The team’s work “gives people hope and reassurance that there is good in the world,” she said. “I think one good deed leads to another, and it makes a difference. That’s what they’re doing.”
That inaugural team shocked the NHL by winning its division and three playoff rounds before falling to the Washington Capitals in the Cup final. By far, it is the best performance by a modern expansion team in North America’s four major sports leagues.
When a former Stoneman Douglas student gunned down 14 students and three staff members on Feb. 14, 2018, the Panthers were in Vancouver to play the Canucks — as far from South Florida as possible within the NHL. Parkland, a well-off bedroom community just north of the team’s practice facility, is home to many players, coaches and executives.
Shawn Thornton, a 14-year NHL player and the team’s chief revenue officer, said owner Vincent Viola told him to do anything needed and not worry about the cost. Thornton turned to friends working for the Knights and two Boston teams, the Red Sox and Bruins, for advice as they had dealt with tragedies in their communities.
“The thing we learned is that everyone is going to grieve differently, that everybody needs support in different ways. Just sit back and listen to what’s needed and not expect to know what’s needed,” Thornton said, his voice breaking throughout an interview.
At the team’s next home game a week after the shooting, a 15-minute pregame memorial that brought some players to tears ended with a speech by then-goalie Roberto Luongo.
“To the families of the victims, our hearts are broken,” Luongo said. “Just know that we’re there for you if you guys need anything. You’ll be in our prayers, and let’s try to move on together.”
Eleven days after the shooting, the Stoneman Douglas hockey team — which included Guttenberg’s son, Jesse — won the Florida state championship.
As the Eagles prepared for the national tournament in Minnesota, the Panthers hit them with a surprise.
First, the Eagles practiced at the Panthers arena, with players and Thornton, a hard-nosed brawler during his career, giving pointers — including Thornton’s lighthearted lessons on fighting.
When practice ended, to the players’ amazement, Thornton brought out the Stanley Cup for them to skate with — only NHL champions usually do that. The Panthers then flew the Eagles and their families on the team plane to the tournament and brought them back.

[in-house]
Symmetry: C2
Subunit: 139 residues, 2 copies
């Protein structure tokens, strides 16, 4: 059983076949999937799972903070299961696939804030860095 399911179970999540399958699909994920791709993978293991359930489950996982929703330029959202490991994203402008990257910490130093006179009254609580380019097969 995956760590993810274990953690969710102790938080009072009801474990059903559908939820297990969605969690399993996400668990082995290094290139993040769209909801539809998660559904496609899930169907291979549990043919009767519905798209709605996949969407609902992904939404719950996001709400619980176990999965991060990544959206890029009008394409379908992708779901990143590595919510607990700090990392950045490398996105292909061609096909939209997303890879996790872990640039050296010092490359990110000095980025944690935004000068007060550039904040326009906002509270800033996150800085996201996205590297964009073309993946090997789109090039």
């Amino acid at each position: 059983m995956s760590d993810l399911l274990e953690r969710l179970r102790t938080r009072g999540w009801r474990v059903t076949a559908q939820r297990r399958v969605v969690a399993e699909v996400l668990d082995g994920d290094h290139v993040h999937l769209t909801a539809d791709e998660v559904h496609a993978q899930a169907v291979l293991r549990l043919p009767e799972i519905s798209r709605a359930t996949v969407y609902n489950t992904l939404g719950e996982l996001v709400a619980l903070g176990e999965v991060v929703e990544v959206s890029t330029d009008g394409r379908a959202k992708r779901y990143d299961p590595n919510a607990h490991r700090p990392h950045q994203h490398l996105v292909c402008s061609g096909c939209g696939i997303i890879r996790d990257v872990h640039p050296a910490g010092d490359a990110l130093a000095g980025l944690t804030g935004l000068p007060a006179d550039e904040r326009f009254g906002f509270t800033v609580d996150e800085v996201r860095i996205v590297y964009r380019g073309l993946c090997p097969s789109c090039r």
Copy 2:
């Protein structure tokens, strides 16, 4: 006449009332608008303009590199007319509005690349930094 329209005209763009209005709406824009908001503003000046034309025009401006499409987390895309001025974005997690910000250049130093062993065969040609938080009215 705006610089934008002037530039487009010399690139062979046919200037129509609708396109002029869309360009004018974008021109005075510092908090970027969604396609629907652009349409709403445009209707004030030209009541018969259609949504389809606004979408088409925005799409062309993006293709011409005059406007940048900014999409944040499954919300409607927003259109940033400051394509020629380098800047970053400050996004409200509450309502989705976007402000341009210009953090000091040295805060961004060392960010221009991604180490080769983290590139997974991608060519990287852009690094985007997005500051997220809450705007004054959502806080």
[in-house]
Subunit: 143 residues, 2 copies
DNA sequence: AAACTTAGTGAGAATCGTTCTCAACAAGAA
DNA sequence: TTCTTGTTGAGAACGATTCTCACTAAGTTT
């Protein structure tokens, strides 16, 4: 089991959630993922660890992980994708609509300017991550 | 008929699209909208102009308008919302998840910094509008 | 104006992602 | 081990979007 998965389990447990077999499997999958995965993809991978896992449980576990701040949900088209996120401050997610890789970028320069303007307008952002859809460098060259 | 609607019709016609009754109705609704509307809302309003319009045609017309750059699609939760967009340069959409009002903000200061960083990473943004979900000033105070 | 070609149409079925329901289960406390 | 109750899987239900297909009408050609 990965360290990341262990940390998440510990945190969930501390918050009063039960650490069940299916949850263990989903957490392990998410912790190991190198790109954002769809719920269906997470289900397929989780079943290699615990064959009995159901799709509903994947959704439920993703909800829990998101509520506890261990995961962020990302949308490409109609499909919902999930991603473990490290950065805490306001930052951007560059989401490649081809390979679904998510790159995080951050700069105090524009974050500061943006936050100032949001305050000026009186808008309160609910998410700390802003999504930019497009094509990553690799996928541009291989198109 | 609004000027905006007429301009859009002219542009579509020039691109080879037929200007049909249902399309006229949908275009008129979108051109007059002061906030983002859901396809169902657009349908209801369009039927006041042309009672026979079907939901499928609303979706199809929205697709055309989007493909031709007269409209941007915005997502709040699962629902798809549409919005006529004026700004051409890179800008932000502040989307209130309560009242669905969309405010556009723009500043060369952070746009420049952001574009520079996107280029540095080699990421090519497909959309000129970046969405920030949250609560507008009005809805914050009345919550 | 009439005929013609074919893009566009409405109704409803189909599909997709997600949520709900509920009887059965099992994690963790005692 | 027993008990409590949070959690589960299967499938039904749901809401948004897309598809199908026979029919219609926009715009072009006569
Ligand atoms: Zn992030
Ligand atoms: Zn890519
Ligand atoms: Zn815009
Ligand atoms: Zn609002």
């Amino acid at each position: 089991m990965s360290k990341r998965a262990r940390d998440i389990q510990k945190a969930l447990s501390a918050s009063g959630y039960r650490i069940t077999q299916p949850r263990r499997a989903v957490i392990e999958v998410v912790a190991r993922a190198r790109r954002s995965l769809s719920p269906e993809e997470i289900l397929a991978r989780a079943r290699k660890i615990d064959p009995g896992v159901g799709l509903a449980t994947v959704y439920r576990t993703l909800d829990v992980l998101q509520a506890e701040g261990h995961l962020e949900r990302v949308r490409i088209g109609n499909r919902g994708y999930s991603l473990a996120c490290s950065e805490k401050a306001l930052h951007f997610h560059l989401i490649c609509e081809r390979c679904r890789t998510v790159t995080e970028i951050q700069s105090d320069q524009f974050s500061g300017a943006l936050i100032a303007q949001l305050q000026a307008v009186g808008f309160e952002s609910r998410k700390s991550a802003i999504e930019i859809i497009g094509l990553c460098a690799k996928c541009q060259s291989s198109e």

“Shawn Thornton coming out with the Stanley Cup was just surreal,” said Matthew Hauptman, that team’s captain. “Everything that the Panthers did for us was just very high class. It made us feel very welcomed. … Five years later, it is still something I think about.”
On the shooting’s first anniversary, the Panthers unveiled a memorial in the arena’s main concourse that includes the victims’ portraits and the phrase “MSD Strong.” On the recent fifth anniversary, the team wore special shirts while traveling honoring the victims, and their arena has hosted graduations and other student events.
“They have been supportive over and over through the years,” said Tony Montalto, president of Stand with Parkland, the group that represents most victims’ families. His 14-year-old daughter, Gina, died in the shooting.
Florida state Rep. Christine Hunschofsky, then-Parkland’s mayor, hopes no other teams ever have to step up.
“There are too many opportunities for people to help one another after these awful, awful tragedies,” she said.
Fred Guttenberg said some of his happiest memories with Jaime are from Panthers games. When she was young, when the team scored he would prop her on his shoulders as they clapped and yelled.
“There is one more super fan who is there every (Panthers) game and that’s my daughter,” he said. “I have no doubt she is watching these games.”